Applying for Permanent Residency? Your Child’s School Lunch Will Not Affect You.

Public schools across the state have an important message for immigrant students and their parents. Despite fears over a recent Supreme Court ruling, public school attendance or use of the school lunch program will not affect a family’s application for permanent residency.

In a 5-4 decision last week, the U.S. Supreme Court allowed the Trump administration to move forward with new immigration rules that could discourage immigrants from seeking public assistance. The administration’s new policy expands the definition of “public charge,” a legal term used to describe immigrants who are primarily dependent on government assistance. Under U.S. law, these individuals can be denied visas, green cards, or permanent residency.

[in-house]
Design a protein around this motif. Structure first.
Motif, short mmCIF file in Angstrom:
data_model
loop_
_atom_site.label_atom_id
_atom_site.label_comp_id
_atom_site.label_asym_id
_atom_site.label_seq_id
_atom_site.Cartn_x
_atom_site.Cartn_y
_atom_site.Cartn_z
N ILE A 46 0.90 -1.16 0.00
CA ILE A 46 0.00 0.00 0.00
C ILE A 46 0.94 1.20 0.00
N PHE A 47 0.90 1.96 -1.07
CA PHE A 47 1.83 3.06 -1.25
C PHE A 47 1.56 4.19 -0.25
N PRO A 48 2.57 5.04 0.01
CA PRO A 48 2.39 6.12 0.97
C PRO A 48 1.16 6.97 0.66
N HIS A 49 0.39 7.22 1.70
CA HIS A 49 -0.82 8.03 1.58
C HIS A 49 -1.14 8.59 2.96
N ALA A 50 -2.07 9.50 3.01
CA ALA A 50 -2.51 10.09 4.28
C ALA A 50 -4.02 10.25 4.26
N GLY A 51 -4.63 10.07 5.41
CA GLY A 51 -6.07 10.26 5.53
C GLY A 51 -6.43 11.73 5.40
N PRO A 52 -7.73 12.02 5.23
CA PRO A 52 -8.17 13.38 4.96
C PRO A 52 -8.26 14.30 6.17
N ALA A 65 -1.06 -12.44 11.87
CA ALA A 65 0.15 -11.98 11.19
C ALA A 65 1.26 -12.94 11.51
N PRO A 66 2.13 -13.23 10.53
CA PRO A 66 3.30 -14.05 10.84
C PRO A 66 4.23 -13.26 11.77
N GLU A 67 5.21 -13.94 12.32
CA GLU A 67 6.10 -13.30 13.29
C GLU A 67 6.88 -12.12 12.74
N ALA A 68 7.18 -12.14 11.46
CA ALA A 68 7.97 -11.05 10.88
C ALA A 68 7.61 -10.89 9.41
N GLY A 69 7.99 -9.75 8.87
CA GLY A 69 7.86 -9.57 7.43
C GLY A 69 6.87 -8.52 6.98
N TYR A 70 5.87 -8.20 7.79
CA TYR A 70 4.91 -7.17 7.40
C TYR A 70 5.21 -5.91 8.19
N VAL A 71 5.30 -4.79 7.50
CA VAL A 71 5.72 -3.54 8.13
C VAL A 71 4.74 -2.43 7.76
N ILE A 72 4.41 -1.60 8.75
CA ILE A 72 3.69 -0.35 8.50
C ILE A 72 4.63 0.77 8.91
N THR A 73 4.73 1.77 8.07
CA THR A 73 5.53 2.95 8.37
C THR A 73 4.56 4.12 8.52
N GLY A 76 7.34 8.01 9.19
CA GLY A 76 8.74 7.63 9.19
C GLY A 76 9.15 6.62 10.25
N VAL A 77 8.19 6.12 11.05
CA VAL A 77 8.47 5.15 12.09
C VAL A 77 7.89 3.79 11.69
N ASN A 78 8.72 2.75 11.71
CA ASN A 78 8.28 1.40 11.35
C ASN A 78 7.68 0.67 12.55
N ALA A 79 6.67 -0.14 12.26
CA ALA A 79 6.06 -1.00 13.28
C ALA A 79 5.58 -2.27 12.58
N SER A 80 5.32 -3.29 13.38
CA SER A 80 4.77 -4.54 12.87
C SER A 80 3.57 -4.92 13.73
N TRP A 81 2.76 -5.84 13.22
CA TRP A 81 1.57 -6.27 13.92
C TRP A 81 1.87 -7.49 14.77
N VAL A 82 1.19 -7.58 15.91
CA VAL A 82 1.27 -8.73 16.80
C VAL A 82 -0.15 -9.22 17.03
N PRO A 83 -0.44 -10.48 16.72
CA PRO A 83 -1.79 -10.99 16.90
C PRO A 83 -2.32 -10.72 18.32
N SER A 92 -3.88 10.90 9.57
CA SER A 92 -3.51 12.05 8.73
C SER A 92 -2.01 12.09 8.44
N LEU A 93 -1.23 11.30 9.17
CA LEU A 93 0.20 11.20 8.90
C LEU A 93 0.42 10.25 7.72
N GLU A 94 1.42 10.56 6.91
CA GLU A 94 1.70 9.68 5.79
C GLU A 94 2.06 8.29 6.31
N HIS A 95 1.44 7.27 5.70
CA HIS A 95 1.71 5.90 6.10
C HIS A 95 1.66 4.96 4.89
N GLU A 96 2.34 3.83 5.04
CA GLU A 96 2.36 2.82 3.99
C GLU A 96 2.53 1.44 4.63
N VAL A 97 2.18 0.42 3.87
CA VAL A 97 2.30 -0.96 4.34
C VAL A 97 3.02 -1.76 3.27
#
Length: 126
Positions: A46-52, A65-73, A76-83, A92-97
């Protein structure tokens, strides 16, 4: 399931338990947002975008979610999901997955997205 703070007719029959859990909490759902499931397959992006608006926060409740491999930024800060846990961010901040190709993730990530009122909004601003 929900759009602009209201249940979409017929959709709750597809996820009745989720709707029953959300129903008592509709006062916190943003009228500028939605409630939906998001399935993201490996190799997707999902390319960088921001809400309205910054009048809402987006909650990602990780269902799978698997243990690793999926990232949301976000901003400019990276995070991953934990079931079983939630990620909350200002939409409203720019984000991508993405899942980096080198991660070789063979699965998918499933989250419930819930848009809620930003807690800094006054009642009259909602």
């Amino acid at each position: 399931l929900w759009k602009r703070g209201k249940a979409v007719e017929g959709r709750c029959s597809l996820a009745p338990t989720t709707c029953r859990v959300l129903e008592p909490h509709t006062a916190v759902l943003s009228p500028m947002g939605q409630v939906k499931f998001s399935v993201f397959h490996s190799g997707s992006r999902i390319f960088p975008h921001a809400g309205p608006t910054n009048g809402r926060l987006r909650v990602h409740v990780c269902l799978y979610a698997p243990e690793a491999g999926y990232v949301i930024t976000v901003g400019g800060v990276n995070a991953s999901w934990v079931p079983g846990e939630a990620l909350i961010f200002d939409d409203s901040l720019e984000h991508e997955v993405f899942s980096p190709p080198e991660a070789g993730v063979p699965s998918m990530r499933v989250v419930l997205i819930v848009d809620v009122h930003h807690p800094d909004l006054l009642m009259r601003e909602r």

“We are dismayed and disappointed to learn that the United States Supreme Court has upheld the new public charge rule change,” Oakland Unified representative John Sasaki said. “One point we must stress is that the change to the public charge rule does NOT apply to children who are accessing public education or the free and reduced price lunches that schools provide.”

Sasaki’s statement was echoed by officials from the Los Angeles Unified, San Francisco Unified, Berkeley Unified, Alameda, and Sonoma school districts.

But the fear may have already set in. California Department of Education Spokesman Jonathan Mendick told the Record-Bee there was an 11% drop in participation for the Summer Food Service Program after the change was announced.

“While we cannot say this is solely due to public charge, it is fair to say it has contributed,” he added. 

Read more at the Record-Bee


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